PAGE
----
Biography & Memoir Book Reviews (page 978)

BIOGRAPHY & MEMOIR
Released: May 20, 1993

"Vivid, occasionally axe-grinding, vignettes that contribute a modicum of depth to the still incomplete portrait of an apparently world-class villain. (Photos—eight pp.—not seen)"
Intermittently absorbing testimony to the idiosyncratic—and autocratic—management style of the British media baron who was discredited as a swindler after his mysterious death in late 1991, coupled with an apologia that doth protest more than a bit too much. Read full book review >
BIOGRAPHY & MEMOIR
Released: May 20, 1993

"Bully for him."
From out of the deep, deep wilds of Idaho comes this story of a short-story writer (The Tall Uncut, 1992)-turned-reluctant- backwoodsman. Read full book review >

BIOGRAPHY & MEMOIR
Released: May 17, 1993

"More legal brief than biography as the personal Myra Bradwell is subsumed in the political figure—but a welcome revival of a forgotten reputation."
A dry, bare-bones biography of Myra Bradwell (1831-94), whose plea to practice law was denied by the Supreme Court because she was a woman, and who went on to become the publisher and editor of the influential Chicago Legal News. Read full book review >
MEMORY FEVER by Ray Gonzalez
BIOGRAPHY & MEMOIR
Released: May 15, 1993

"A Chicano memoir that should speak affectingly to young poets."
Poet, editor (The Guadalupe Review), anthologist (Mirrors Beneath the Earth, 1992) Gonzalez offers thoughtful, imagistic essays and vignettes about growing up in the desert Southwest and into his literary calling. Read full book review >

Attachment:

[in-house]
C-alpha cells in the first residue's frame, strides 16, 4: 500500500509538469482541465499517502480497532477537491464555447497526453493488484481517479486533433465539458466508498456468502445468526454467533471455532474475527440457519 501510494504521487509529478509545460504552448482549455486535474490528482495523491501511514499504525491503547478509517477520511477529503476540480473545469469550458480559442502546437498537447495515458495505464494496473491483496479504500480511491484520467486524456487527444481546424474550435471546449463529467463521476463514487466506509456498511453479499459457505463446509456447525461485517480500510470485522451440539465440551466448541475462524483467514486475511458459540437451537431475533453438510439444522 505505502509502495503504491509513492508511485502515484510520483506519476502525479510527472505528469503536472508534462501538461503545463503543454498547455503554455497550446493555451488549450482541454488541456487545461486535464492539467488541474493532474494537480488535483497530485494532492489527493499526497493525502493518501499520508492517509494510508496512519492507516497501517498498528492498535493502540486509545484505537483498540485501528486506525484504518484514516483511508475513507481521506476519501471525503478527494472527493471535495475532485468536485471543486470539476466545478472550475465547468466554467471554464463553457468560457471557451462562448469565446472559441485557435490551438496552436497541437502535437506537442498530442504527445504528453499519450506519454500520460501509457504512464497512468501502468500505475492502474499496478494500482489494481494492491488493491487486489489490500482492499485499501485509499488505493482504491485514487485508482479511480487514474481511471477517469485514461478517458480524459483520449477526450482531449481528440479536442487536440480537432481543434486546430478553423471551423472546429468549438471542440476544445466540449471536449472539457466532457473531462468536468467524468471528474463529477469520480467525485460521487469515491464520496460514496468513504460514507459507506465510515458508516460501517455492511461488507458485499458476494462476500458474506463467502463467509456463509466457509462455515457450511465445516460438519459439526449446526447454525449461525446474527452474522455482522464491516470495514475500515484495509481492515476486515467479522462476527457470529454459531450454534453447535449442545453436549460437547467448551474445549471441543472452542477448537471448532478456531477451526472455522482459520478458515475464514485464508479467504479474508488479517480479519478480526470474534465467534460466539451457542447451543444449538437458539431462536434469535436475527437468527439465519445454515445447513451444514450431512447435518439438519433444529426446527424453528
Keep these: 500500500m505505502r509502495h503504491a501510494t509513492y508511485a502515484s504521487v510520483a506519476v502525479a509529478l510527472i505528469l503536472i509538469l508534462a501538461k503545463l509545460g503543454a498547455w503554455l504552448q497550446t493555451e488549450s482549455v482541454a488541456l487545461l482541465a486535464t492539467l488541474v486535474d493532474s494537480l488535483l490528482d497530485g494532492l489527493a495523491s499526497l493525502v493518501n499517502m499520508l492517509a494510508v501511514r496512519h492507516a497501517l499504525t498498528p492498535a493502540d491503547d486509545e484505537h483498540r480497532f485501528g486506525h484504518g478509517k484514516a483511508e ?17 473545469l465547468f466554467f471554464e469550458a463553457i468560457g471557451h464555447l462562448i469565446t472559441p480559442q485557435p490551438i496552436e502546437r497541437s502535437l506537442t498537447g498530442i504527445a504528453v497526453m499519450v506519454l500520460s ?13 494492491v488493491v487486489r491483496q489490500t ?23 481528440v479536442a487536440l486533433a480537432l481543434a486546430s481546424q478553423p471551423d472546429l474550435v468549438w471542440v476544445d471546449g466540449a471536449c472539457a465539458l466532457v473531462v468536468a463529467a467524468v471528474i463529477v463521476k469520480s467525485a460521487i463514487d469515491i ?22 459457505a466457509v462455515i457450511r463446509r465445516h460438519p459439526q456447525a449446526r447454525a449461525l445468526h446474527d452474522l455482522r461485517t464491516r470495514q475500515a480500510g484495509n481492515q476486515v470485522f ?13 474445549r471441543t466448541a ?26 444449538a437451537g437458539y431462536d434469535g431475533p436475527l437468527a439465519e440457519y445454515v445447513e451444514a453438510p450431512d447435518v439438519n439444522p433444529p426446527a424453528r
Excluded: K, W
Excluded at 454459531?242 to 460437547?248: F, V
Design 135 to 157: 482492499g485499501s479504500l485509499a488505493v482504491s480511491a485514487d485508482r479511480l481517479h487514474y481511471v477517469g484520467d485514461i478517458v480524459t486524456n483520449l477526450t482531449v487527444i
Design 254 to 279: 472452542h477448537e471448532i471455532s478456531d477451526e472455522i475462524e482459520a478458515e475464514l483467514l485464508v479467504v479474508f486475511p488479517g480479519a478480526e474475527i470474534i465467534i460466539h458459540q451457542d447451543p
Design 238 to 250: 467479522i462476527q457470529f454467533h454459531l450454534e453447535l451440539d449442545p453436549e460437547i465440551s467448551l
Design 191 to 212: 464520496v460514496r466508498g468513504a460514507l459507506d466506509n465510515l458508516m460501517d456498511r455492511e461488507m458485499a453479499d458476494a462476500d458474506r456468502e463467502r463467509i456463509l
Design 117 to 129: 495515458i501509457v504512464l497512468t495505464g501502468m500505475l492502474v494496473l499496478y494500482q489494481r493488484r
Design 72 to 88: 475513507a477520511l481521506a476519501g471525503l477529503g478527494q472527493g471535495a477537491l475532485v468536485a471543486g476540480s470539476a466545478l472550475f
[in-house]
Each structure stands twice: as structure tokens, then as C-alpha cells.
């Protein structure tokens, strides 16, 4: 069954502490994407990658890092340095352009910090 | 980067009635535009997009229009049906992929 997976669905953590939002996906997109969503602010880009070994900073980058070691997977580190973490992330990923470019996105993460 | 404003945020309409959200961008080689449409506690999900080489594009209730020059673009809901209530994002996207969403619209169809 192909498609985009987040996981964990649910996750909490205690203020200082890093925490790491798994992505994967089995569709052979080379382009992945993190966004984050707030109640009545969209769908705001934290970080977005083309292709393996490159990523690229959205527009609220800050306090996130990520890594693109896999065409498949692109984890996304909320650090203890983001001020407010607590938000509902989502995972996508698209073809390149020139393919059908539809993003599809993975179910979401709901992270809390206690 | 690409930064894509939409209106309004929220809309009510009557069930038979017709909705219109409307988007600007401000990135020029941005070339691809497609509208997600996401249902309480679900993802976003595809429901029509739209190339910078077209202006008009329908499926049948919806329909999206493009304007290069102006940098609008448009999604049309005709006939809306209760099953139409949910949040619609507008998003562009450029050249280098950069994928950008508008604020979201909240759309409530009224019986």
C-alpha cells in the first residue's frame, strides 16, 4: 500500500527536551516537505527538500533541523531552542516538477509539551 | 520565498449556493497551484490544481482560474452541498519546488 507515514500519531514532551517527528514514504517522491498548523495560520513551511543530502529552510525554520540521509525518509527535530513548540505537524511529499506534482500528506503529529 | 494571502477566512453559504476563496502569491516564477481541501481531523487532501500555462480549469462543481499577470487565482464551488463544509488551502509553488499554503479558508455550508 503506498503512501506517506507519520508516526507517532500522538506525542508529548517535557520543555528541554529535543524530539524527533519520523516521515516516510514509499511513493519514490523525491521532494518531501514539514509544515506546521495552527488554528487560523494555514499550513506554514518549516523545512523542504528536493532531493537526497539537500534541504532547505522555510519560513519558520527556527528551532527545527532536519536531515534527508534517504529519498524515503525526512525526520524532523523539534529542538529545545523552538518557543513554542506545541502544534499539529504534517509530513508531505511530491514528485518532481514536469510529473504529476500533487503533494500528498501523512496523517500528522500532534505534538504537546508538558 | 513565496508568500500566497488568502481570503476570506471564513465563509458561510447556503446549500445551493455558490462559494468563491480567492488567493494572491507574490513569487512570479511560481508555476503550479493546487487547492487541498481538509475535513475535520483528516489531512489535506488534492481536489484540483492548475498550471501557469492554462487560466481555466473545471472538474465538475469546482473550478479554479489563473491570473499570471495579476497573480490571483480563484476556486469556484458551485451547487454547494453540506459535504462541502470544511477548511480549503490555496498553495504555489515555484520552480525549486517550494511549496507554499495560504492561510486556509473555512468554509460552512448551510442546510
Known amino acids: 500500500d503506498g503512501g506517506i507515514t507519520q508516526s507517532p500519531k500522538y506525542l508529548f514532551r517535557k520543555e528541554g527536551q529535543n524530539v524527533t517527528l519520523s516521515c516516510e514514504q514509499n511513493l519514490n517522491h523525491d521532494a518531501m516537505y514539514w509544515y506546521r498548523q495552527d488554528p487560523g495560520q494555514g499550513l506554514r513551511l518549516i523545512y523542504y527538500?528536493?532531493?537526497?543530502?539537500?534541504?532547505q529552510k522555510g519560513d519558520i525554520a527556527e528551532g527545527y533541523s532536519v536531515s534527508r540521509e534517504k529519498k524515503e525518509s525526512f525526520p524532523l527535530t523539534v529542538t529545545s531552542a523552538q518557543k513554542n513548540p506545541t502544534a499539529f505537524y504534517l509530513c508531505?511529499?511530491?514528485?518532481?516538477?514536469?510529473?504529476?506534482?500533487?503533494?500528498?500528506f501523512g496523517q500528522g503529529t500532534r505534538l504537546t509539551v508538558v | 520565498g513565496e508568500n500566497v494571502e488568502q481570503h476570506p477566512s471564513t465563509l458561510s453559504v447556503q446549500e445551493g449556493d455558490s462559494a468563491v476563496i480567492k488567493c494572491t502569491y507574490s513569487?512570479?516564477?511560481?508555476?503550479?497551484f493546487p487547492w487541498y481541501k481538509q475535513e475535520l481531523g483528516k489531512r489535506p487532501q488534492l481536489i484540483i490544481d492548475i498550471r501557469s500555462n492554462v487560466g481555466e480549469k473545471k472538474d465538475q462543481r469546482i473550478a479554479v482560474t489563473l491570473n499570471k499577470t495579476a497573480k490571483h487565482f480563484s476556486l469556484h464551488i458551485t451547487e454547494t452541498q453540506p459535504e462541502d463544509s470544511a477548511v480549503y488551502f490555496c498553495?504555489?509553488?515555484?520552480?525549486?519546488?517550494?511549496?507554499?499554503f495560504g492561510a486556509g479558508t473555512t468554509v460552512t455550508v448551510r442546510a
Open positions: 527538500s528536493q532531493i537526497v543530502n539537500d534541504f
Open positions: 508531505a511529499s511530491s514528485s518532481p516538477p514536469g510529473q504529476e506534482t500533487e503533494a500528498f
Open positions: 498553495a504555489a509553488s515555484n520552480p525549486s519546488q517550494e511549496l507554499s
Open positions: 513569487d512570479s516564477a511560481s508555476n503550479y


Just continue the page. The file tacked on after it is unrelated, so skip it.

VAN CLIBURN by Howard Reich
BIOGRAPHY & MEMOIR
Released: May 15, 1993

"Prospective Cliburnites are better advised to invest in the CD re-release of his legendary performances of Tchaikovsky's first piano concerto and Rachmaninoff's second. (Illustrations—16 pp. color & b&w—not seen) (First printing of 35,000)"
The noted American pianist receives an overlong popular biography, stuffed with irritating detail on virtually every page. Read full book review >

FROM WHERE WE STAND by Deborah Tall
BIOGRAPHY & MEMOIR
Released: May 11, 1993

"Compellingly written and deeply felt, but overly abstract and offering little real sense of the region or its people today."
In The Island of the White Cow (1985), Tall recorded her five-year stay on an island off the coast of Ireland. Read full book review >
BIOGRAPHY & MEMOIR
Released: May 11, 1993

"Brook's lively, unsentimental account of how he struggled against the odds to abide by this demanding credo makes for an engaging and entertaining, if cautionary, tale. (Maps, eight pages of photographs—not seen)"
The gritty memoir of a rugged individualist whose 20-year stint as proprietor of a debt-burdened community newspaper in coastal Maine was soul-satisfying—if less than idyllic. Read full book review >
WALKING LIGHT by Stephen Dunn
BIOGRAPHY & MEMOIR
Released: May 10, 1993

"The essays—many first published in AWP, the academic poets' house-journal—are nearly impossible to imagine as having been written by anyone other than a tenured American creative-writing teacher circa 1980's."
Dunn, a poet with eight published collections, turns to the essay with appealing diffidence but without anything especially startling or even lovely to say. Read full book review >